from Sylvia Schroven

  • Red potatoes, boiled, sliced, and salted
  • Bacon, fried and chopped
  • 1 tablespoon reserved bacon grease from above
  • Watercress, washed and stemmed
  • 2 tablespoons flour
  • 1/4 cup red vinegar
  • 1 tablespoon bacon grease from above
  • 1/2 cup sugar
  • 1 cup water
  • 1 teaspoon salt
  1. For the sauce, combine the flour, vinegar, bacon grease, sugar, water, and salt. Bring to a boil, and stir until thick.
  2. Toss together potatoes, bacon, and watercress. Dress with the warm sauce.

Suggestion: serve with hard-boiled eggs.


“I grew up in Camden, South Carolina. I married young, and my new brother-in-law was married to a woman from Spain. One year, early in the marriage, we visited Madrid. And it was there my sister-in-law taught me how to make paella.

“She told me that traditionally, paella is made on Sunday afternoons. And that it’s really a rice dish, flavored by onions, sweet bell peppers, tomatoes, and garlic. Then you can add anything you like: chorizo, beef, chicken, and pork. All these ingredients are in relatively small pieces, because most of all it’s about the rice.

“When I eventually got my own paella pan, it represented becoming part of my extended family. But when my marriage ended, I took the paella pan and the recipe.

“So in my single years, between that marriage and the one I’m in now, I would make that dish whenever there was a new love interest in my life. My friends would say, ‘Oh, Phoebe is making paella…I wonder who the new man’s going to be?

“They were right. The last time I made it as a single person was in September, 2003—the night my second husband and I got engaged. The recipe worked it’s magic. Although I still think of my former Spanish in-laws every time I make it.”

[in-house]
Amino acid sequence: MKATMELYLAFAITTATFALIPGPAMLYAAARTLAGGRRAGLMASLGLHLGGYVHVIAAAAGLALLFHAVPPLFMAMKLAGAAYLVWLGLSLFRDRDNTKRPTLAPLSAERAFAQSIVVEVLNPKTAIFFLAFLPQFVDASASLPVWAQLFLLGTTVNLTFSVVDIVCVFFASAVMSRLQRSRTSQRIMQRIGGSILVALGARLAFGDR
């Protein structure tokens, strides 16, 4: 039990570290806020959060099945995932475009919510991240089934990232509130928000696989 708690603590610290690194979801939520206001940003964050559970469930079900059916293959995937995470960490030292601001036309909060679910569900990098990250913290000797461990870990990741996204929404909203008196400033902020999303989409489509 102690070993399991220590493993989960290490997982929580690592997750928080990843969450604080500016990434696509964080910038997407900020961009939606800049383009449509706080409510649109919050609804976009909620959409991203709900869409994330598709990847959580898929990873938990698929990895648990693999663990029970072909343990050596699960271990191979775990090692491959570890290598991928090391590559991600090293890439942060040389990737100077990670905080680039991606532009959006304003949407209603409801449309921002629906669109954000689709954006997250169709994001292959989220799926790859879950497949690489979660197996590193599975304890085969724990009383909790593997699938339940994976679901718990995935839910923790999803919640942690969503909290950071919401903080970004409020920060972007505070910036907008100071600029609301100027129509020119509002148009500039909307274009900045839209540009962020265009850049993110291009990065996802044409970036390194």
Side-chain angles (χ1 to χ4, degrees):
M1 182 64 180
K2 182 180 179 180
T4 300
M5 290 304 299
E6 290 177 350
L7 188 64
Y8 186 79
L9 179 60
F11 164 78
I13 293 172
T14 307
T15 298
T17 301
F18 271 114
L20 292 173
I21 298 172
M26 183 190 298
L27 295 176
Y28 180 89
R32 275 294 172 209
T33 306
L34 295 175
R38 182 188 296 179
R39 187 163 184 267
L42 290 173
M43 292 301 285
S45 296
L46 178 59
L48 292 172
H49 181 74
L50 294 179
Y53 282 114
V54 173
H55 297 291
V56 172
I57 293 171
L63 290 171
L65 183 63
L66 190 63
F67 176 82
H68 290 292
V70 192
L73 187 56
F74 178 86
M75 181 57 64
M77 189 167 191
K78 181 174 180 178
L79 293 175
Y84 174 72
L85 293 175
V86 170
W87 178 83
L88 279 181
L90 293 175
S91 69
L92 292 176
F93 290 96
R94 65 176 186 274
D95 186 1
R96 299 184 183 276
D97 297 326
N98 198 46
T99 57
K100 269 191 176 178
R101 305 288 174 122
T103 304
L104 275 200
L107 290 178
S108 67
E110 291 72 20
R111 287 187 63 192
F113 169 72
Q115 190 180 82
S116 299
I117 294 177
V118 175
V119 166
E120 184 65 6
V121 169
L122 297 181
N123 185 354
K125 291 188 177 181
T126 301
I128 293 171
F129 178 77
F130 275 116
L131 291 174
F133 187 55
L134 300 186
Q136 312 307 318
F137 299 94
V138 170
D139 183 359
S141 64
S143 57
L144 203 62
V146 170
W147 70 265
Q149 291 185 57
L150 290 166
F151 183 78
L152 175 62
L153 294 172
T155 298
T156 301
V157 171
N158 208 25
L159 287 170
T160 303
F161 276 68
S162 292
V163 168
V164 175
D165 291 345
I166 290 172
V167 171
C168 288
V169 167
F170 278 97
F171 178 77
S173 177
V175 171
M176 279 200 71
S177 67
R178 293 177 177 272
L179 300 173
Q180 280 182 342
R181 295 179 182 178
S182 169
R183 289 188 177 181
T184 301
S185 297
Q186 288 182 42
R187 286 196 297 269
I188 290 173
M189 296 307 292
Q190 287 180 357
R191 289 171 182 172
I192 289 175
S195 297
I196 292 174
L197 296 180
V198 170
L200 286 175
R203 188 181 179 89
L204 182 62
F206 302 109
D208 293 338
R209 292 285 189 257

• ½ green or red pepper, cut into small pieces
  • ½ large onion, cut into small pieces
  • ½ medium-sized tomato, cut into small pieces
  • 2 cloves garlic, diced
  • 2 tablespoons olive oil
  • 3 chicken thighs, meat removed and cut into small pieces
  • 1 pork chop, cut into small pieces
  • 1-2 inches chorizo sausage, cut into small pieces
  • ¾ cup frozen green peas
  • 3 cups rice
  • 6 cups chicken broth
  • ½ pound medium cooked, peeled, and deveined shrimp
  • ½ pound mussels or clams (optional)
  • 2 pinches saffron threads

Special equipment: paella pan or large skillet.

  1. Put the saffron in ¼ cup hot water with a few pieces of minced garlic to release the flavor.
  2. Heat olive oil in paella pan. Sautee the onion, pepper, tomato, garlic and sausage.
  3. Add the chicken and pork, and sautee until brown.
  4. Add the rice, chicken broth, and saffron. Salt to taste. Stir and bring to a boil. Cover, reduce heat, and cook for about 20 minutes. (If it’s cooking too fast, add water.)
  5. Lay the shrimp on top, and add the peas. Cover again and simmer 5 to 10 minutes more.
  6. Remove paella from heat, and let it sit for a few minutes before you serve.

Serving suggestion: this is great with a crusty bread and green salad.